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Posts Tagged ‘Valentine’s Day’

In Victorian times messages of love were sent with flowers, each type and color having its own meaning. Should someone send you a bouquet of red roses, they were speaking of love. Should the roses be yellow, they were saying they’re jealous.

Modern relationships are carried out differently – nowadRosesays, love is celebrated by sending flowers, candies, and text messages. “I lv U” has replaced floral displays, but sending flowers is still a great way to express passion for that special person in your life. With all of the new varieties of flowers, what would Victorian florists send in today’s world of modern love?

Roses are great if you’re already in a relationship. But what about the person who has a crush on the girl in the next office cubicle, and isn’t sure if she is interested in return? Try sending mixed wildflowers – they’re non-committal, casual, and not intense. Frightening people is a real risk in today’s romance scene, and wildflowers have less of a reputation for commitment.

Wildflowers can be grown in the garden for just such casual occasions. However, this does not mean picking weeds to give; save those for when asking for a divorce.

Unsure whether it’s time to take the relationship to the next level, or keep it casual? Send Gerbera daisies, tulips, and freesias. Together these make a unique mix with big flowers, bold color and soft fragrance. This step above standard bouquets sets the stage for better things, while leaving an “it’s just casual” safety net should the receiver become alarmed at the idea of closer involvement.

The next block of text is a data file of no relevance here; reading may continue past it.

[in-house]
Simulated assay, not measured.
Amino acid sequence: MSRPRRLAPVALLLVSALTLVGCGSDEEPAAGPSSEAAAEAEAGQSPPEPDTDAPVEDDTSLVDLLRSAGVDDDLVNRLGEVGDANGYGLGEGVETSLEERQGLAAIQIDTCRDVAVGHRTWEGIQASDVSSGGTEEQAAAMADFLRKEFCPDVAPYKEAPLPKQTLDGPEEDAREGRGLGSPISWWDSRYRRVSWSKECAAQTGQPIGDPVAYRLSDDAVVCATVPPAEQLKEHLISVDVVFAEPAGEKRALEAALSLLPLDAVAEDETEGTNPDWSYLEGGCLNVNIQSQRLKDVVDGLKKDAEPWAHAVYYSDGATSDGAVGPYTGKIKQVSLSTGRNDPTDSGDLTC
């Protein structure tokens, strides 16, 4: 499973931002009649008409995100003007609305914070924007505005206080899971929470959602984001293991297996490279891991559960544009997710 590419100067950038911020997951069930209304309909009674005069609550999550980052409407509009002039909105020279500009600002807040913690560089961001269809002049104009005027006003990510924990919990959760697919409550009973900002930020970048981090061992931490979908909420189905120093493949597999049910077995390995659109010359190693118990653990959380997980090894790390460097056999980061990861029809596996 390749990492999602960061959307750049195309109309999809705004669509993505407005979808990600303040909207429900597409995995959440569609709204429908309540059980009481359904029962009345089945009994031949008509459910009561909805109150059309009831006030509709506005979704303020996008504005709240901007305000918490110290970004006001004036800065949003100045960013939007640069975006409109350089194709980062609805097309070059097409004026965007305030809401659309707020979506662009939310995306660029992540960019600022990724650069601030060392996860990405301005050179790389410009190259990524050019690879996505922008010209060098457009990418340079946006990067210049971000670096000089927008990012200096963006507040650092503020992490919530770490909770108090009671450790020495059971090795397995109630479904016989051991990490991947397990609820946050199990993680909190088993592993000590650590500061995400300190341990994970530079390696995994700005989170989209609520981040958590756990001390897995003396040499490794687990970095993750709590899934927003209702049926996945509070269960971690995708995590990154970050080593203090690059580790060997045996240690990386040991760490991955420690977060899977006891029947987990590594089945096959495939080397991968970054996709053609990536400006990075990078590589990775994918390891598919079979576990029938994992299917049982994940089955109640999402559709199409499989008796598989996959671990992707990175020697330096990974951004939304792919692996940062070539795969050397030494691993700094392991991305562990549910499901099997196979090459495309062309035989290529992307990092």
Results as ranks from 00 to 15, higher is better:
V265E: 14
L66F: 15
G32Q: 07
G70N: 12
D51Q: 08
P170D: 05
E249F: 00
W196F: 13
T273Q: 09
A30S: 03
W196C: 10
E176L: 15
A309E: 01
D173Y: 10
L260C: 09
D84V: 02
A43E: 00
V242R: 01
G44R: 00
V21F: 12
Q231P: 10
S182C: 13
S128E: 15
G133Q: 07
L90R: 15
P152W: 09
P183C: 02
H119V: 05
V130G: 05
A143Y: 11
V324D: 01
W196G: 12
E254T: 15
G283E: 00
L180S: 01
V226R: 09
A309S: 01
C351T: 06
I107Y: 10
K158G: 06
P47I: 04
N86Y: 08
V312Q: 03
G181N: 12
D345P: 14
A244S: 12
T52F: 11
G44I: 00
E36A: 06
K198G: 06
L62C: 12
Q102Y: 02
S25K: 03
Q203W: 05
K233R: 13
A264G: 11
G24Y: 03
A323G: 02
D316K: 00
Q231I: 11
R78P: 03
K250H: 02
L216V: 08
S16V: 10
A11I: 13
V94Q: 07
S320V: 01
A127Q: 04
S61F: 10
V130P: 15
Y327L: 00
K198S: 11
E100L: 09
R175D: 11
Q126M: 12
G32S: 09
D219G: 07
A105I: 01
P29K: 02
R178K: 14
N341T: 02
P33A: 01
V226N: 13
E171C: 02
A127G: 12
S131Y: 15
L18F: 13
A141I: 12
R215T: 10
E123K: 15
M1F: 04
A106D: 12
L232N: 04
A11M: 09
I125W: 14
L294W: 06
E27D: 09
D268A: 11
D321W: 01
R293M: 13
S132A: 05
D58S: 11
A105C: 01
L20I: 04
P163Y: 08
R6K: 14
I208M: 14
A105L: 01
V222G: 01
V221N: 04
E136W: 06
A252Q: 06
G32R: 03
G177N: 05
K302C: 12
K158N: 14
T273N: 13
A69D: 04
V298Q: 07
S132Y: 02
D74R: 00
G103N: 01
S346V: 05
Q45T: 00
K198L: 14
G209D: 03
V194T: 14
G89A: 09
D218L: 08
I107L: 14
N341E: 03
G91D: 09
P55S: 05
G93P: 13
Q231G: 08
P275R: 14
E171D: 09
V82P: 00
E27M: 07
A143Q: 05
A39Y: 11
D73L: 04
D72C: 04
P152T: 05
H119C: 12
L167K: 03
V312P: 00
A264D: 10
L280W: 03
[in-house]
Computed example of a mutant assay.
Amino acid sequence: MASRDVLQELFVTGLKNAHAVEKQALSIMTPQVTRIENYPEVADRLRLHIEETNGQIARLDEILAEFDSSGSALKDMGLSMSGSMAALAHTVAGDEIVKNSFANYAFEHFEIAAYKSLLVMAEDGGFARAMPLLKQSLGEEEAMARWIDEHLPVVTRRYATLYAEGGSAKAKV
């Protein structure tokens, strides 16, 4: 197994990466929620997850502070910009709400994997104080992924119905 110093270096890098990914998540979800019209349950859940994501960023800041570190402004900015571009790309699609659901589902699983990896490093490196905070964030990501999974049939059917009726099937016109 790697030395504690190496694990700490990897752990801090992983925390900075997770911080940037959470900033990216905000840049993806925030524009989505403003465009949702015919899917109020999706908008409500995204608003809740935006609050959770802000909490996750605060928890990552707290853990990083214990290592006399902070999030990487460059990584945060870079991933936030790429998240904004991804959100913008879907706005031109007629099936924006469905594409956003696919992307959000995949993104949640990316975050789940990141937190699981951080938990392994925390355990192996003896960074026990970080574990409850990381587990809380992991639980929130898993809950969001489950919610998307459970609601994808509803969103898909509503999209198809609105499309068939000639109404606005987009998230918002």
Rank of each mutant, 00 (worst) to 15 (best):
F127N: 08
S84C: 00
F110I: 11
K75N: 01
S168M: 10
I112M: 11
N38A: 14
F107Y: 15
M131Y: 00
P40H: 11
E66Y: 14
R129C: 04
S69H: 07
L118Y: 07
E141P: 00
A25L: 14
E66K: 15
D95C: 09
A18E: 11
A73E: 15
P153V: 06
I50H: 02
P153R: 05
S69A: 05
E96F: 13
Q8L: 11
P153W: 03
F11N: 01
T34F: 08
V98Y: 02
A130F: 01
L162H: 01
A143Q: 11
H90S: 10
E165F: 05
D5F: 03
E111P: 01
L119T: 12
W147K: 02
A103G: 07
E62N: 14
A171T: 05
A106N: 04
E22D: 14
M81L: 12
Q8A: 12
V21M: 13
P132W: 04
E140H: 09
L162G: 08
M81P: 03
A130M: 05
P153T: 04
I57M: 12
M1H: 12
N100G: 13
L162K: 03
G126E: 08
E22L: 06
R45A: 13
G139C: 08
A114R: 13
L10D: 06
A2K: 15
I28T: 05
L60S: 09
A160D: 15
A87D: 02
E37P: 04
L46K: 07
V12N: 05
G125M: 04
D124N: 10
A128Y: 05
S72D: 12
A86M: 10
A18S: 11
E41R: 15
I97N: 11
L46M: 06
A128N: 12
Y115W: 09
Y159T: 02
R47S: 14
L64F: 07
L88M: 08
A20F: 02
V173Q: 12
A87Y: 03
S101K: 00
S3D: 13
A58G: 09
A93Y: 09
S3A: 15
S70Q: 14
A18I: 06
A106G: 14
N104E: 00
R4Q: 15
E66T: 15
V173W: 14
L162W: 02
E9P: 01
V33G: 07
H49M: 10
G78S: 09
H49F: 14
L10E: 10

Occasionally people come together for brief romantic interludes.   In some cases those involved want to remain friends without continued entanglement, and carnations are an ideal choice to send. Inexpensive and commonly found in many retail stores, they soften the words without encouraging further involvement. Carnations say “Yes, I’m sending a flower to thank you, but I don’t really want anything more”.

Unless, of course, it was the interlude of a lifetime, one never to be repeated yet sizzling and memorable. The absolute must-send bouquet for this is made up of yellow daylilies for the fleetness of love, blue forget-me-nots for remembrance, and red Crocosmia “Lucifer” for the devil that made you do it.

Relationships may encounter a few bumpy times, and lovers have ways of communicating this, such as blasting Aretha Franklin’s “Respect” over the stereo. When this happens, hustling quickly over to the florists to choose unique flowers for one-of-a-kind bouquets is best. Hand-pick tropical flowers and orchids to show an effort went into the apology, a good thing to demonstrate to an irritated spouse.

Flowers can encompass the wide range of love found in our world. Close friends can be celebrated with unusual arrangements, such as floral displays placed in items that evoke unique interests or shared moments. Think outside the box when choosing both flowers and the vase to hold them. Often personal items, such as a bike helmet, can convey deep appreciation for friends and the connection you have together.